Antivirus software is frequently tested for performance, so picking a top product should be straightforward: Select the number-one vendor whose software kills off all of the evil things circulating on the Internet. You're good to go then, right? Not necessarily.
The increasing complexity of security software is causing vendors to gripe that current evaluations do not adequately test other technologies in the products designed to protect machines.
Relations between vendors and testing organizations are generally cordial but occasionally tense when a product fails a test. Representatives in both camps agree that the testing regimes need to be overhauled to give consumers a more accurate view of how different products compare.
"I don't think anyone believes the tests as they are run now ... are an accurate reflection of how one product relates to the other," said Mark Kennedy, an antivirus engineer with Symantec.
Representatives of Symantec, F-Secure, and Panda Software agreed last month at the International Antivirus Testing Workshop in Reykjavik, Iceland, to design a new testing plan that would better reflect the capabilities of competing products. They hope all security vendors will agree on a new test that can be applied industrywide, Kennedy said.
A preliminary plan should be drawn up by September, Kennedy said.
One of the most common tests involves running a set of malicious software samples through a product's antivirus engine. The antivirus engine contains indicators, called signatures, that enable it to identify harmful software.
But antivirus products have changed over the last couple years, and "now many products have other ways of detecting and blocking malware," said Toralv Dirro, security lead system engineer for McAfee.
Signature-based detection is important, but an explosion in the number of unique malicious software programs created by hackers is threatening its effectiveness. As a result, vendors have added overlapping defenses to catch malware.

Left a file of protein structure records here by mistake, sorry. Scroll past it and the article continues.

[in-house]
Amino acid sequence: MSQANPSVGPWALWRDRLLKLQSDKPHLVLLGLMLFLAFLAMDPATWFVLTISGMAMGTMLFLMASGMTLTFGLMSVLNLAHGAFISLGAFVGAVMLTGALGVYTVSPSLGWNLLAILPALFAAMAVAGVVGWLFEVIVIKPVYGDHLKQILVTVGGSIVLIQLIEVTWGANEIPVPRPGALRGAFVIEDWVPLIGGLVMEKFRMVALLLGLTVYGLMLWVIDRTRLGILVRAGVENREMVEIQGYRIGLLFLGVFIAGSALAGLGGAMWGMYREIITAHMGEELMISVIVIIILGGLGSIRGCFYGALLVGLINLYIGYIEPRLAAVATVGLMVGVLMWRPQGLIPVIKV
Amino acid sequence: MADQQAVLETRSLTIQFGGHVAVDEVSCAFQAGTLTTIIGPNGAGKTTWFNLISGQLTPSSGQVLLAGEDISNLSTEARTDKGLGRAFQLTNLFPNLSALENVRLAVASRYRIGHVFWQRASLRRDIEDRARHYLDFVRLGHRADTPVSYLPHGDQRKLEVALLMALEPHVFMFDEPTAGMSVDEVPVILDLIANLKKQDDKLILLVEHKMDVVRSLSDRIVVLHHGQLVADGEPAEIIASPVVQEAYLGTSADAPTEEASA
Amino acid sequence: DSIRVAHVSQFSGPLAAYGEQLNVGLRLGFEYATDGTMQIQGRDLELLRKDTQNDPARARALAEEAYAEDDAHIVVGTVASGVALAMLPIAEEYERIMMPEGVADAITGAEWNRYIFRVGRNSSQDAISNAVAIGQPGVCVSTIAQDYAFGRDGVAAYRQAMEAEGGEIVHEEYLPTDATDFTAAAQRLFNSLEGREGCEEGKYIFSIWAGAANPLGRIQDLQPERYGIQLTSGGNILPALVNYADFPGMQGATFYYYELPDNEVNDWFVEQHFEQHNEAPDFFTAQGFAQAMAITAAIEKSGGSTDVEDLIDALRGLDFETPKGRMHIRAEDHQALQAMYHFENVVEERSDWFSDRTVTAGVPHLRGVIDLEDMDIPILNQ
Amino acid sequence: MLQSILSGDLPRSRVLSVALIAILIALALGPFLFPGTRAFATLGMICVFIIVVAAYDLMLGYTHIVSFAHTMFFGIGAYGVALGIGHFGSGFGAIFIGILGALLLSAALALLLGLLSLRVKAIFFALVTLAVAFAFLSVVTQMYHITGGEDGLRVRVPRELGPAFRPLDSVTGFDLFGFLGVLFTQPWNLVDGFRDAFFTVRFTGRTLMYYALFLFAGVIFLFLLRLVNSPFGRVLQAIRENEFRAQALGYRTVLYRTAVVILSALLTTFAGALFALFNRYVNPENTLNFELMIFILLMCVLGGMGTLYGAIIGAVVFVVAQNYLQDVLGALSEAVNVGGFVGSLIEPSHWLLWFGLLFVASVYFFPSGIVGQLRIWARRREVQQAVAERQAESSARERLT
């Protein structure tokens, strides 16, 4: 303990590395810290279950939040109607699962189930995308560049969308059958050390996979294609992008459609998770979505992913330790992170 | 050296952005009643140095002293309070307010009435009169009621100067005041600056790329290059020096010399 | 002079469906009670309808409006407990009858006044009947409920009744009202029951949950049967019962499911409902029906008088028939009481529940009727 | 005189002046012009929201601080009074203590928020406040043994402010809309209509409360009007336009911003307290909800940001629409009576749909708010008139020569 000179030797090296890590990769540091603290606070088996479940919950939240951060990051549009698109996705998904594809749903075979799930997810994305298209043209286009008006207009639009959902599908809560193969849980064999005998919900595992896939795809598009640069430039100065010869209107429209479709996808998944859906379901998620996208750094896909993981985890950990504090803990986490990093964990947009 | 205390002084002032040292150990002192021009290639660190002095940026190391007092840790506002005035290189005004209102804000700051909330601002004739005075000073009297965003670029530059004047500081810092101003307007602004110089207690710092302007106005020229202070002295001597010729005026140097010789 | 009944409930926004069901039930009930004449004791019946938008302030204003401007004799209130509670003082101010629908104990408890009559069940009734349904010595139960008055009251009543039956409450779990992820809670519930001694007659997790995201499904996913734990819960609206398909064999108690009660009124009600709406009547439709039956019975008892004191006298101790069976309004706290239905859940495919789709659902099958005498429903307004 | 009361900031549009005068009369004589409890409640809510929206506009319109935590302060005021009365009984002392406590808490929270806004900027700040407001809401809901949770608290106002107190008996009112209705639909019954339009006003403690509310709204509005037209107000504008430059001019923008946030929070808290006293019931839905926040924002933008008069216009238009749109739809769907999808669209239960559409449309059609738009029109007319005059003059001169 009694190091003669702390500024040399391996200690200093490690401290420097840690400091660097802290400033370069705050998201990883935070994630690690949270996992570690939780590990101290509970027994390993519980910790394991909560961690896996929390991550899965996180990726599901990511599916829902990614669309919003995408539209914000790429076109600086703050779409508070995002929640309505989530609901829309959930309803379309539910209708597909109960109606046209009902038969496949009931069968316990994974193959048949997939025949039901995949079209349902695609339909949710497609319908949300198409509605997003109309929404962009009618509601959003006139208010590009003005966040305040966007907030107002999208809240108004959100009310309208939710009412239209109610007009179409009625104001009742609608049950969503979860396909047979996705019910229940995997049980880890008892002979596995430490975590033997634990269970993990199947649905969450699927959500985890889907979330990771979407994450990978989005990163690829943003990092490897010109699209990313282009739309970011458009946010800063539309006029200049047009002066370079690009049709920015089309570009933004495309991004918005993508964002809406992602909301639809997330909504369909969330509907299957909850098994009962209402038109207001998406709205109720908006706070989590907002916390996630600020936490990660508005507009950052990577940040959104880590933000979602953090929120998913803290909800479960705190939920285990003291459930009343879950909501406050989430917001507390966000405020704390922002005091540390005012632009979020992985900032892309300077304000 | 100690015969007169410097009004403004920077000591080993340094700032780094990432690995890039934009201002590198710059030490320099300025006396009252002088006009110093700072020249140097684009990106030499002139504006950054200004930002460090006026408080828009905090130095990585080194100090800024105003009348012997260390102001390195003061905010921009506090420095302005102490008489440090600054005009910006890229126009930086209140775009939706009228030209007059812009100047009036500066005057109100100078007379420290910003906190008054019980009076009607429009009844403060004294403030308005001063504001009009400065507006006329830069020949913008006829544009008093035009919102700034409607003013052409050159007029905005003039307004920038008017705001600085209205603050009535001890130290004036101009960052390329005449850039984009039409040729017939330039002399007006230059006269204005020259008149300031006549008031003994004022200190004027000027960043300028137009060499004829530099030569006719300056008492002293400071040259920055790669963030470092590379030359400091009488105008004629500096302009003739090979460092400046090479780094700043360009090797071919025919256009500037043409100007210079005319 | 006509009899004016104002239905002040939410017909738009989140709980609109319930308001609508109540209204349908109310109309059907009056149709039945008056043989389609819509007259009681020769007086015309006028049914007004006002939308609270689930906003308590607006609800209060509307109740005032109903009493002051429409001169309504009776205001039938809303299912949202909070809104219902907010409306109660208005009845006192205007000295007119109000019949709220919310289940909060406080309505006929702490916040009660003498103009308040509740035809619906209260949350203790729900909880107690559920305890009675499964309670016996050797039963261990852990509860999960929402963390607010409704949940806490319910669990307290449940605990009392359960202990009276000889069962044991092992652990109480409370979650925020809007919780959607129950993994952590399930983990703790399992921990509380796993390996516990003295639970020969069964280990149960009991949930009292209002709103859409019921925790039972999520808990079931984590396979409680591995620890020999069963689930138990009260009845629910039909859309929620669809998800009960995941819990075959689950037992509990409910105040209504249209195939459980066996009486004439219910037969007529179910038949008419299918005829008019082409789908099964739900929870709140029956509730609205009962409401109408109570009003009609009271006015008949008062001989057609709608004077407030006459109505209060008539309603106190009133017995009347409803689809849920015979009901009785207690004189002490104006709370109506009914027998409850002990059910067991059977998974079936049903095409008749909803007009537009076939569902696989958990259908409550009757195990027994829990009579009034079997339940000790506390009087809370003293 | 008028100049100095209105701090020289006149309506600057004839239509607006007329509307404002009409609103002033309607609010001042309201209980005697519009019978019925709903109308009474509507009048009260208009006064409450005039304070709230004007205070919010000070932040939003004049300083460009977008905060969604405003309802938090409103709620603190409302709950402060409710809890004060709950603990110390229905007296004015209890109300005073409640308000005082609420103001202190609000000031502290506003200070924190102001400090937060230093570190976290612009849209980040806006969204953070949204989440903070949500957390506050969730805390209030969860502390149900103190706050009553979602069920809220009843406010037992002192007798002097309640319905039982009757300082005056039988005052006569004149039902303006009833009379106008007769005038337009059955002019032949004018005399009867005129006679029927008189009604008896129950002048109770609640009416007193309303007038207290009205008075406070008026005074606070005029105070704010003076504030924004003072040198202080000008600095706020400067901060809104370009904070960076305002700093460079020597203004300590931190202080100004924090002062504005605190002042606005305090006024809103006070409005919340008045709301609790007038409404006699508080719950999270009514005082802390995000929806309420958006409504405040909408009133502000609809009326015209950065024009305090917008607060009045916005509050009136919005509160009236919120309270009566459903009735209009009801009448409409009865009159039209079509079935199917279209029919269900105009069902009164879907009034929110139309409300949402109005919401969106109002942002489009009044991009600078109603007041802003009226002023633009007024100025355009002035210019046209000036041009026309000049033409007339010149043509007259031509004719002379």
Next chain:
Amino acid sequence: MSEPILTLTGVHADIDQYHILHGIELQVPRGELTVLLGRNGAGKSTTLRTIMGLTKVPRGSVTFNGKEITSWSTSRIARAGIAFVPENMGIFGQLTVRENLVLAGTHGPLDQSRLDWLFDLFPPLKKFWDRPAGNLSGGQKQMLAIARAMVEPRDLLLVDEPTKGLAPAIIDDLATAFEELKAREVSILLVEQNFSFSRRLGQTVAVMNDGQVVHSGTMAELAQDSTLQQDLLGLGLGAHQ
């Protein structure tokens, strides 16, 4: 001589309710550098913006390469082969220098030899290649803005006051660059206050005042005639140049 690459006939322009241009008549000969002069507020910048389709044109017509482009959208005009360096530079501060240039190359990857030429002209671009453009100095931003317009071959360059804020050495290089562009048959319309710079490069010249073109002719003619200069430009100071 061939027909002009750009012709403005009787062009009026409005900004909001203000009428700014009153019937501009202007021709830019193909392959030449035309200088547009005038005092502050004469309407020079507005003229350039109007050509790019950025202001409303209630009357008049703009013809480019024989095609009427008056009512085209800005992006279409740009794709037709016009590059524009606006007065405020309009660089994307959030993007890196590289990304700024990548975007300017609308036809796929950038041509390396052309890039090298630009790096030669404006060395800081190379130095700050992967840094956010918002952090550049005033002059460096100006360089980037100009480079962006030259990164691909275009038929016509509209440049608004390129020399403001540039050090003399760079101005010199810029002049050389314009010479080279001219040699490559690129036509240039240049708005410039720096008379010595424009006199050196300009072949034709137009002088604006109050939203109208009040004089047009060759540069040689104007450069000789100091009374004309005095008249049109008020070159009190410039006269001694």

Vendors are employing behavioral detection technology, which may identify a malicious program if it undertakes a suspicious action on a machine. A user may unwittingly download a malicious software program that is not detected through signatures. But if the program starts sending spam, the activity can be identified and halted.
Also, a program can be halted if it tries to exploit a buffer overflow vulnerability, where an error in memory can allow a bad program to run. Host-based, intrusion-prevention systems, which can employ firewalls and packet inspection techniques, can also stop attacks.
The ways in which a computer can be infected also make comprehensive testing complex. For example, users may infect their computers by opening malicious e-mail attachments or visiting harmful Web sites designed to exploit known vulnerabilities in a Web browser.
The different modes of attack also involve different defenses, all of which would need to be tested to arrive at an accurate ranking, analysts said.
By contrast, signature-based tests can take as little as five minutes. "This is a very basic test," said Andreas Marx of AV-Test.org, who wrote his master's degree thesis on antivirus testing. "It's easy, and it's cheap."